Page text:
We are here for only a moment, visitors and strangers in the land as our ancestors were before us. Our days on earth are like a passing shadow, gone so soon without a trace.
1 Chronicles 29:15
Relate: You have two parents, four grandparents, eight great grandparents, and sixteen great-great-grandparents. Quick question: how many of your great-great-grandparents can you name? Without looking it up, do you know half? Can you name even one? Why not? This isn’t really ancient history. It is not an unrealistic expectation. After all, around 80-100 years back they were the same age as you are right now. So can you name them? What were their jobs? Where did they live? How many siblings did they have? What were their favorite foods? If you can even answer any of these questions about even one of your great-great-grandparents then you are doing much better than I am and almost everyone else who is reading this.
Now, let us flip it in the other direction. In about 80-100 years, your great-great-grandchildren will be about the same age as you are right now. Will your descendants know where you worked or lived? Will they know your favorite foods or favorite TV shows? Will they know how you voted and why? Will they even know your name? More importantly, will they even care? I am almost certain that for nearly every single one of us, the answer to all these questions is “no.” It is humbling, isn’t it?
React: Just last night I was talking with an Armenian gentleman after church here in Batumi Georgia. I was talking about how I will be returning to Gaziantep, Turkey in a few weeks. He mentioned how at one time there was a large Armenian population in Antep. This is true. In the buildings and place names of many parts of Antep, the Christian Armenian heritage of the city can still be seen. But, not in the population. This brought us around to talking about some facts of history that my adopted home of Turkey still refuses to acknowledge ever happened.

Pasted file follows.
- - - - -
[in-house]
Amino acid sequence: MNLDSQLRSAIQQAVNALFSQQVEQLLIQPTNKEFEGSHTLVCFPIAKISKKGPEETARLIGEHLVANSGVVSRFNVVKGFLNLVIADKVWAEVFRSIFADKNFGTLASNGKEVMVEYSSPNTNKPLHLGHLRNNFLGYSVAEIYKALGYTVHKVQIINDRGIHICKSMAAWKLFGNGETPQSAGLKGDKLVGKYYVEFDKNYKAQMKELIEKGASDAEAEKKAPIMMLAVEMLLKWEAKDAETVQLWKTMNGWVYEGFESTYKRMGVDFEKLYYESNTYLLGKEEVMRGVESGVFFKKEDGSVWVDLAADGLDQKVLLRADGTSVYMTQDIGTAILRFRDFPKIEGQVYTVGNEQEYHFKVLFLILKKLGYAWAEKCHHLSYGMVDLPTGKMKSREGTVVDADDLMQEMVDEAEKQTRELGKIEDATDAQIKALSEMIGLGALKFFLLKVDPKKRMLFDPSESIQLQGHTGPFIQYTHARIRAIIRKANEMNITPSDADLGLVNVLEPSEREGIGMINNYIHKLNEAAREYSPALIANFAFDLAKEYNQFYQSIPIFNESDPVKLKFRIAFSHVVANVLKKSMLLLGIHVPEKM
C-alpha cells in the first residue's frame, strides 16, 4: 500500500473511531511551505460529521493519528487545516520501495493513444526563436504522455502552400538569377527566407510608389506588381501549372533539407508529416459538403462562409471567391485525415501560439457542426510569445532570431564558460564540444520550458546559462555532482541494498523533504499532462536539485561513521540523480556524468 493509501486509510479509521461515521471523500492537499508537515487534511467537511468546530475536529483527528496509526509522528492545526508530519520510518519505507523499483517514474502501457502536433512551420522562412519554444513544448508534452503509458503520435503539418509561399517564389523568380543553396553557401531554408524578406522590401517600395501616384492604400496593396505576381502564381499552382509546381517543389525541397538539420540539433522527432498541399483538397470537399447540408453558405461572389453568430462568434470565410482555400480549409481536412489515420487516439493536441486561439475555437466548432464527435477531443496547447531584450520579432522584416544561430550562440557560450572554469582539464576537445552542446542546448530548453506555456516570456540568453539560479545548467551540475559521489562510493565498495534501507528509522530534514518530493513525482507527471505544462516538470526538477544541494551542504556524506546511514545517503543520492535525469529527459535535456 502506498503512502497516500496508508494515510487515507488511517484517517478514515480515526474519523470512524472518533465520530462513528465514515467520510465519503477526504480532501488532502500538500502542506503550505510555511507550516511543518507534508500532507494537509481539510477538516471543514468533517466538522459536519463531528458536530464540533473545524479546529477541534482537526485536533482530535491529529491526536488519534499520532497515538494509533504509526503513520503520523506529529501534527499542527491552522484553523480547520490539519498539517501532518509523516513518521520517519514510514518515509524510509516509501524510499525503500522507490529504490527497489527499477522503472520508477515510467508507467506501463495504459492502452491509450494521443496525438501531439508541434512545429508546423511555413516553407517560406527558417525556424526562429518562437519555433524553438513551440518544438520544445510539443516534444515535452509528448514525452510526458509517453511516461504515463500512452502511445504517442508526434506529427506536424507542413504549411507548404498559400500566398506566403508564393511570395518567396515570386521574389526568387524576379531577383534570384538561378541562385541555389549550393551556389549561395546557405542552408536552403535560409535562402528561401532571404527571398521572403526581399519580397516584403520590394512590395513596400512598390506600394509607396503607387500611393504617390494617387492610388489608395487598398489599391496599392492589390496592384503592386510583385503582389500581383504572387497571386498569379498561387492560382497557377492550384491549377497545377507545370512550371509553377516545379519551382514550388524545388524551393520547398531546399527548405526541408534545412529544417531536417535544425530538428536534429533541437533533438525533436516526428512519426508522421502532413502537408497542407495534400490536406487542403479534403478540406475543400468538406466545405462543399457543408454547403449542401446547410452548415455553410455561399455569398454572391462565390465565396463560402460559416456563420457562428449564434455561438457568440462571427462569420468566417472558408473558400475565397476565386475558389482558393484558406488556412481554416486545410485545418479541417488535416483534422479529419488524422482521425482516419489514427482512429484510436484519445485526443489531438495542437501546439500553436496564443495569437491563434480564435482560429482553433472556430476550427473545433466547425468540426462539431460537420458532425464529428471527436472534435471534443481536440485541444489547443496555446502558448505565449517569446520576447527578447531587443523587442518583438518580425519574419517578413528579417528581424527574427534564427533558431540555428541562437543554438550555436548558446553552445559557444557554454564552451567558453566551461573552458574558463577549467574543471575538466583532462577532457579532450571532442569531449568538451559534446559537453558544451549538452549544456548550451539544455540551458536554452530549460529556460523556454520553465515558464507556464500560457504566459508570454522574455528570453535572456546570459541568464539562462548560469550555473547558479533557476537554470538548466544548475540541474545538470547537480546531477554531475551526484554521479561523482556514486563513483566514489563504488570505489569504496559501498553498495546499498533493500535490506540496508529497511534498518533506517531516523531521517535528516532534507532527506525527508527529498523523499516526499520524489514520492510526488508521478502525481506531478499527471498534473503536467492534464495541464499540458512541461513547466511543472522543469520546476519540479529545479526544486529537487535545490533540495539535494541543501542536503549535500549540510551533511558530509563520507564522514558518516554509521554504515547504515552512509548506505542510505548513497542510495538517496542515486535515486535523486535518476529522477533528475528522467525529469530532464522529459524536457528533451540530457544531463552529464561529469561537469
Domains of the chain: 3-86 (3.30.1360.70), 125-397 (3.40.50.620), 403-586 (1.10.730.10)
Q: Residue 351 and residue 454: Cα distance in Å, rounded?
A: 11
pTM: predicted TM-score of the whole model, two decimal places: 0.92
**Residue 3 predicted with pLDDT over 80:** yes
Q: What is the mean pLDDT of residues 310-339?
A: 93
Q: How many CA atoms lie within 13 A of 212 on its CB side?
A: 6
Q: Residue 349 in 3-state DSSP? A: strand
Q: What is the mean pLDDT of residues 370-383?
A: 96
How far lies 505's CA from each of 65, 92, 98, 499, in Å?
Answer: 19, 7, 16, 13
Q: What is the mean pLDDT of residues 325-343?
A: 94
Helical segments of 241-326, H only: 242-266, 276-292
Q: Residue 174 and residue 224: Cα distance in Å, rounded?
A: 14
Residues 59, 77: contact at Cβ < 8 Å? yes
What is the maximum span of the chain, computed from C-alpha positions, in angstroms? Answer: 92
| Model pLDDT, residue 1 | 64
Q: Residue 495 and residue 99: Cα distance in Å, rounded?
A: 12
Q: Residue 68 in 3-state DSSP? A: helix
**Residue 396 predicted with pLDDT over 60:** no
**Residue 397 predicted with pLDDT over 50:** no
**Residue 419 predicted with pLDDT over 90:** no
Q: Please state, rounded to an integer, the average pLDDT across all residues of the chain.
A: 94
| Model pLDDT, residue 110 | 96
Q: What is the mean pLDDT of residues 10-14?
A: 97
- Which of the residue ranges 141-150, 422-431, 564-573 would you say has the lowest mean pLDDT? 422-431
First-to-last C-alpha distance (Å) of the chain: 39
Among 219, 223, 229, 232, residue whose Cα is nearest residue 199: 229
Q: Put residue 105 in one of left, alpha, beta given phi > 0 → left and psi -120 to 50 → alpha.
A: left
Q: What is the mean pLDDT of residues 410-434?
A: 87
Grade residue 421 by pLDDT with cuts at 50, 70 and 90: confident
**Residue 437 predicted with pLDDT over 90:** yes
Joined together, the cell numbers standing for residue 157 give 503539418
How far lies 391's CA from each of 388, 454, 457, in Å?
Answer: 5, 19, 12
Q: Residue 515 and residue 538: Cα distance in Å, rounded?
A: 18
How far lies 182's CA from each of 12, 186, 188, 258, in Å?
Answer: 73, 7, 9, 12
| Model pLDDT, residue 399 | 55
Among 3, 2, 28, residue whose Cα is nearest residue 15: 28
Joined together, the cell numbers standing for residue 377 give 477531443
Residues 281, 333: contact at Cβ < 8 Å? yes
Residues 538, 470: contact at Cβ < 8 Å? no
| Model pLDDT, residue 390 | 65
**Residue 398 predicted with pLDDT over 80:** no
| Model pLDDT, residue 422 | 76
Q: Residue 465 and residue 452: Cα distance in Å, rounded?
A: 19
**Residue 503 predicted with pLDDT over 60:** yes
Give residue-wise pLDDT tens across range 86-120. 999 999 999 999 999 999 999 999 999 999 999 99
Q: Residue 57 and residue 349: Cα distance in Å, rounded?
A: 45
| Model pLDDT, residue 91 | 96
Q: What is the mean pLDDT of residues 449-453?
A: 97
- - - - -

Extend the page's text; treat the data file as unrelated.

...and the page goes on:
It also brought us around to an interesting piece of history one can still see in Gaziantep today. The oldest hospital in the city is American Hastanesi. It was created by American missionaries. In this hospital, there is a small garden where about fifteen to twenty gravestones have been collected. These are all memorials to the lives and love many past missionaries invested into this city and region. Here are a few…
These people are long gone. Almost all of their converts were killed or exiled by the end of World War 1. In 1910 more than 40% of the city was Christian. By the time of the next census and right up to the present day, that ratio is now less than 1%. David’s statement in Chronicles seems to have been true, “Our days on earth are like a passing shadow, gone so soon without a trace.” But these courageous men and women left an eternal impact that still resonates here on earth to this day. They chose to invest their time and lives into something that will live on long after they are gone. Can we say the same?
I long to invest in the eternal. In my heart this is true, but all too often I find myself getting distracted by stupid pointless things. In this world of Netflix, the internet, and social media, it is so easy to waste so much time on pointless nothings. It is too easy to punch the timecard of a meaningless job day after day while accomplishing nothing of eternal value. Help me to focus on the things that will matter. Help me to invest in the things that will last. Give me eyes that will be quick to find ways I can make an eternal difference and that will be slow to turn away towards the worthless things that are constantly vying for my attention. My days on earth are like a passing shadow. They are here now but quickly gone. Don’t let me waste them.
The River Walk is a devotional created by Two Rivers Church. To visit or to watch a message online, please click here.
To read previous years devotionals taken from July 19th please click below: